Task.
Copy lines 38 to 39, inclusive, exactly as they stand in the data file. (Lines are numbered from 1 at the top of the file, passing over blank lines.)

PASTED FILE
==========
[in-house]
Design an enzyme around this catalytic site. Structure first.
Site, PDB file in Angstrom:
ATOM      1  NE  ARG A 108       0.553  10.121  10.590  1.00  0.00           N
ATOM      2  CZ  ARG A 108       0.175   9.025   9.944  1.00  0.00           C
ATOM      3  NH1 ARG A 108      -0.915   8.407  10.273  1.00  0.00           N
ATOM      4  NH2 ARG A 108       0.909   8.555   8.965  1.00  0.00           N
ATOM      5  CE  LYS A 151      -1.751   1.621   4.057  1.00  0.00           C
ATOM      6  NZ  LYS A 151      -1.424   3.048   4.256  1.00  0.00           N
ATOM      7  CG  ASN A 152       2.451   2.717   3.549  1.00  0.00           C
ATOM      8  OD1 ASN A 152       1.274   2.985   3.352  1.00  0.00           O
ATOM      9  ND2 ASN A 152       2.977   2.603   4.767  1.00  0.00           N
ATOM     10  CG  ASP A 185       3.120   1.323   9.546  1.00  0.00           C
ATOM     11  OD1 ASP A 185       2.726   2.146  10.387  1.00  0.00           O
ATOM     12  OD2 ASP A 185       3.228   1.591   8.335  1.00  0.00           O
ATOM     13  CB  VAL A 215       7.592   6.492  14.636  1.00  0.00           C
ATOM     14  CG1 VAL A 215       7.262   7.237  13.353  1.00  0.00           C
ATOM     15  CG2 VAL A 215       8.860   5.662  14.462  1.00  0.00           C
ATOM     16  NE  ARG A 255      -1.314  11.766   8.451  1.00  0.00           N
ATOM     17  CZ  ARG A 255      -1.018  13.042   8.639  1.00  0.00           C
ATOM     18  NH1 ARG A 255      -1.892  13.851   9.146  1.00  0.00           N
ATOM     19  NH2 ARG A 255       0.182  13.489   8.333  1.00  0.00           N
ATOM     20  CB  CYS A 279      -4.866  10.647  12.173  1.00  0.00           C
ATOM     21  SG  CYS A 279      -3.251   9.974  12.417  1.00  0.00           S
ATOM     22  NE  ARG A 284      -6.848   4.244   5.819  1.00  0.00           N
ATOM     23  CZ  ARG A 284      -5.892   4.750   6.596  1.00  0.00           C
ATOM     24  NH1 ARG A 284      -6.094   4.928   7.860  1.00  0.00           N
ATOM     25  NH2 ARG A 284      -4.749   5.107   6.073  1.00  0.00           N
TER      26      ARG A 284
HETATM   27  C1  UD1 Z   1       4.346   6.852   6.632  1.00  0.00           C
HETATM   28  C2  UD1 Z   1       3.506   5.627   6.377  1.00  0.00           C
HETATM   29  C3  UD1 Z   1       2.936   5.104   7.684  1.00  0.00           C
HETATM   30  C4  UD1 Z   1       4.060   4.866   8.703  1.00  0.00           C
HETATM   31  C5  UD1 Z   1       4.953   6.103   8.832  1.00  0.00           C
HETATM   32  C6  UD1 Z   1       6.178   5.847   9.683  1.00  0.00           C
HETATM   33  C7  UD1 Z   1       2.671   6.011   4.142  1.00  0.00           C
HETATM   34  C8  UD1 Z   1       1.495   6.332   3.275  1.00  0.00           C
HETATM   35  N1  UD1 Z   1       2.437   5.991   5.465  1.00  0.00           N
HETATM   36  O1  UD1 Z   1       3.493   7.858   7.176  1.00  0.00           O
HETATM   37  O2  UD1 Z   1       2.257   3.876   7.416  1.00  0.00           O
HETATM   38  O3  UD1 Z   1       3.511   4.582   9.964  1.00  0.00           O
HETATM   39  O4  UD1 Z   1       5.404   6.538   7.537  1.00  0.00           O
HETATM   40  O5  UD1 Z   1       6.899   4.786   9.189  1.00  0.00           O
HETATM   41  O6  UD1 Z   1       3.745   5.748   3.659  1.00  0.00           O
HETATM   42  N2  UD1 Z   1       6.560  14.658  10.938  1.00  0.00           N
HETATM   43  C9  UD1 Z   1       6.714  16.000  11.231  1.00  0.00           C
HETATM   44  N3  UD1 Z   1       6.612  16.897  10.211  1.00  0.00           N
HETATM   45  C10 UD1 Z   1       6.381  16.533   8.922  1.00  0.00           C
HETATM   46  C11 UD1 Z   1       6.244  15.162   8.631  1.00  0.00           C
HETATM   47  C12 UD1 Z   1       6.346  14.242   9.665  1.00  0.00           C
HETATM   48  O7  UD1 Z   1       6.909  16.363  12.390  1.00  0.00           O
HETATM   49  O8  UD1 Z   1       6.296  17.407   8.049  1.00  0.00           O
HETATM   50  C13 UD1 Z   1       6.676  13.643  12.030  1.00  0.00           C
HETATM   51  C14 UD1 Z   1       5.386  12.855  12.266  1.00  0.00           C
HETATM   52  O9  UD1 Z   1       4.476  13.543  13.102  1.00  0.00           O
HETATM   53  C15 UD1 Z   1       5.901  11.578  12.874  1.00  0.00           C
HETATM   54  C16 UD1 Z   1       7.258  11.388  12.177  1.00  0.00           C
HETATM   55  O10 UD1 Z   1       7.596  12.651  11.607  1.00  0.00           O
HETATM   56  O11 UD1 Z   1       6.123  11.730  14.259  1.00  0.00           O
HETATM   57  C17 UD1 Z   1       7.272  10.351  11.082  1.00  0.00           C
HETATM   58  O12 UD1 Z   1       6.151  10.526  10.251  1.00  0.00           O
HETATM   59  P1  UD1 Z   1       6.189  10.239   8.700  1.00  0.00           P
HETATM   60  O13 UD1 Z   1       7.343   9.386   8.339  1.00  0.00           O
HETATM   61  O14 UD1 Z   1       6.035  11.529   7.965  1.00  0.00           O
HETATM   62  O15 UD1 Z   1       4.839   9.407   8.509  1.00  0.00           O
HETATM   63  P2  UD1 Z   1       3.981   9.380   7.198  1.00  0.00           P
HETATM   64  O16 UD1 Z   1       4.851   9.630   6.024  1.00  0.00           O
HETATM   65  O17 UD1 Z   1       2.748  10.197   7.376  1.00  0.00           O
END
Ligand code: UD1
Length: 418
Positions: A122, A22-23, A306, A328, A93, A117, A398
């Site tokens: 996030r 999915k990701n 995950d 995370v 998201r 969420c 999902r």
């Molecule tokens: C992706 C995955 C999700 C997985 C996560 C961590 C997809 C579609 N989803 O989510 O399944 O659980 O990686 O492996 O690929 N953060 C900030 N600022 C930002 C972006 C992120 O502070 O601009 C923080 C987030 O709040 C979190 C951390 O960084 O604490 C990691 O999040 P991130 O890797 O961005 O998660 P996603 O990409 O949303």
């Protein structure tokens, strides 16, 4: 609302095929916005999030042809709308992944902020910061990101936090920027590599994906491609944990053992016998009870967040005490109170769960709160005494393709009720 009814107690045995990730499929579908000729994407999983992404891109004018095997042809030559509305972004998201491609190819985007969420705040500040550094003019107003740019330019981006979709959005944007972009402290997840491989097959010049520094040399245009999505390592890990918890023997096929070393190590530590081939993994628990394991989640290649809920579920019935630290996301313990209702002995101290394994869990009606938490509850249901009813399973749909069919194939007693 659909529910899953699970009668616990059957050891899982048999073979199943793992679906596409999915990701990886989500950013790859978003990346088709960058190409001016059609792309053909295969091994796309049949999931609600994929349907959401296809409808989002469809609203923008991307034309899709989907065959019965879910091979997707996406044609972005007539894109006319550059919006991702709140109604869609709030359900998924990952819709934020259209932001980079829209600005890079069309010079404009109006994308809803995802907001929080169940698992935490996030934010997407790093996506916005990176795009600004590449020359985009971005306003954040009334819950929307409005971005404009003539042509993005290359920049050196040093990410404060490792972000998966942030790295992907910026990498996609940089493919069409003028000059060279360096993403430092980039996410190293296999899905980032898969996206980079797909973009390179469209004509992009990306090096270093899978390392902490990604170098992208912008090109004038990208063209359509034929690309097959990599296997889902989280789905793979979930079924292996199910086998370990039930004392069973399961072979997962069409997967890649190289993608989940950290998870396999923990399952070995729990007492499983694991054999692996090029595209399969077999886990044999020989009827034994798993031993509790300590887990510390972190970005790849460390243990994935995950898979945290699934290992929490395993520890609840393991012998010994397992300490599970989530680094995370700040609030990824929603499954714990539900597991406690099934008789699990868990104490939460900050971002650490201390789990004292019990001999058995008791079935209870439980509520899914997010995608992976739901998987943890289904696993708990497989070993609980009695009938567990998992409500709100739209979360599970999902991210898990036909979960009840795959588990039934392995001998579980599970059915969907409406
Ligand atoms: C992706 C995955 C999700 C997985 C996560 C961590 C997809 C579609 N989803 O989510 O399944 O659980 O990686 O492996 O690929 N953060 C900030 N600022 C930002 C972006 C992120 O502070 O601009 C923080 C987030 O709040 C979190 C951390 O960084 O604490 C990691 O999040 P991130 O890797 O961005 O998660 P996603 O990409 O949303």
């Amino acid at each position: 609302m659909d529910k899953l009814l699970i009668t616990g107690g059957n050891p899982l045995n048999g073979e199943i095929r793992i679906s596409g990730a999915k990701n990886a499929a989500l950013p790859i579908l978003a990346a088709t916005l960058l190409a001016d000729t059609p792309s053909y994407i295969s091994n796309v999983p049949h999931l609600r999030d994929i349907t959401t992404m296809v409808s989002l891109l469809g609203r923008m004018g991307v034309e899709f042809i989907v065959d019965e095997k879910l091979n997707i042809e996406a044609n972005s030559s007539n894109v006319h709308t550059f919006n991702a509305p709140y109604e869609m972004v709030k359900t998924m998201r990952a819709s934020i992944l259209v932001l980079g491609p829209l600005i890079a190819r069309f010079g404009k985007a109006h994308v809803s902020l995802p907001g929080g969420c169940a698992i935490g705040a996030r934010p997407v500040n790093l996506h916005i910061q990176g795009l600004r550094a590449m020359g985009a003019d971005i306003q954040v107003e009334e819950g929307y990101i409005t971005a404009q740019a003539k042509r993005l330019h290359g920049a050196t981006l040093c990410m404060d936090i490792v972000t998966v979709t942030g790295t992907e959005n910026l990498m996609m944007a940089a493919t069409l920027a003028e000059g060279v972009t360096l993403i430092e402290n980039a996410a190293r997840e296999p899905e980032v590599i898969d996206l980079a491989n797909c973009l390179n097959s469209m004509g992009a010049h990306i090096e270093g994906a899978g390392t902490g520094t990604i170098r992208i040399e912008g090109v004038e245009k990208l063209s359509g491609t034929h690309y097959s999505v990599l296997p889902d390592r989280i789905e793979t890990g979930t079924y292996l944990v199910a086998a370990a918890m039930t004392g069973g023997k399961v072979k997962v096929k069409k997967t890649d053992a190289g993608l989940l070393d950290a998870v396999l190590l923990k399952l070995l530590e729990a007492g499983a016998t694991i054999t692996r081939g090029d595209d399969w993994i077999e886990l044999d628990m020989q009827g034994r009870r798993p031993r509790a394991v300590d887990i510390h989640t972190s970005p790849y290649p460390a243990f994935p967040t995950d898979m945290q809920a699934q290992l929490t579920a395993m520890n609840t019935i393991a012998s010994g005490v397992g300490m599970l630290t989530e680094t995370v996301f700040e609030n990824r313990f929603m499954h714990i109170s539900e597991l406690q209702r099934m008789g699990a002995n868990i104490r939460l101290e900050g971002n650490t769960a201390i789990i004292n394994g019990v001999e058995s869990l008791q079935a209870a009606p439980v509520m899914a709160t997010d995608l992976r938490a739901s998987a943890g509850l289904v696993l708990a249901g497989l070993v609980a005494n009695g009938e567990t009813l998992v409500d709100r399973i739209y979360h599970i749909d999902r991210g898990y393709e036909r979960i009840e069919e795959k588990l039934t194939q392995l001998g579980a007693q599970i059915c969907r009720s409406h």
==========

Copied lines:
HETATM   35  N1  UD1 Z   1       2.437   5.991   5.465  1.00  0.00           N
HETATM   36  O1  UD1 Z   1       3.493   7.858   7.176  1.00  0.00           O